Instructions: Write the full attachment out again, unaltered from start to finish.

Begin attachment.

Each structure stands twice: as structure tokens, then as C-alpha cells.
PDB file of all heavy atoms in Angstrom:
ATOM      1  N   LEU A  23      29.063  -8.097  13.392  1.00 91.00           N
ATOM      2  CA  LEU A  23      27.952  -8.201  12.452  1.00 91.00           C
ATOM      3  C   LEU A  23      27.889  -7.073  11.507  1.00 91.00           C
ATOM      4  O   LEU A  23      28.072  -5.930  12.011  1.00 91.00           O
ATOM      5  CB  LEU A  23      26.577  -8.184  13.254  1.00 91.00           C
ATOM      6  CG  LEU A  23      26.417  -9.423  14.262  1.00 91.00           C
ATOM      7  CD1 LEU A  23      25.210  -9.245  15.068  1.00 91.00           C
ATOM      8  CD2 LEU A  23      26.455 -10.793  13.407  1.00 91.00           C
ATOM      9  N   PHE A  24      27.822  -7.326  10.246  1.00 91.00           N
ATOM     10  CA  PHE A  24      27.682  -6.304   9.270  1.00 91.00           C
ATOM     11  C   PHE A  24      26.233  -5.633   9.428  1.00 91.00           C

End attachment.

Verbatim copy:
Each structure stands twice: as structure tokens, then as C-alpha cells.
PDB file of all heavy atoms in Angstrom:
ATOM      1  N   LEU A  23      29.063  -8.097  13.392  1.00 91.00           N
ATOM      2  CA  LEU A  23      27.952  -8.201  12.452  1.00 91.00           C
ATOM      3  C   LEU A  23      27.889  -7.073  11.507  1.00 91.00           C
ATOM      4  O   LEU A  23      28.072  -5.930  12.011  1.00 91.00           O
ATOM      5  CB  LEU A  23      26.577  -8.184  13.254  1.00 91.00           C
ATOM      6  CG  LEU A  23      26.417  -9.423  14.262  1.00 91.00           C
ATOM      7  CD1 LEU A  23      25.210  -9.245  15.068  1.00 91.00           C
ATOM      8  CD2 LEU A  23      26.455 -10.793  13.407  1.00 91.00           C
ATOM      9  N   PHE A  24      27.822  -7.326  10.246  1.00 91.00           N
ATOM     10  CA  PHE A  24      27.682  -6.304   9.270  1.00 91.00           C
ATOM     11  C   PHE A  24      26.233  -5.633   9.428  1.00 91.00           C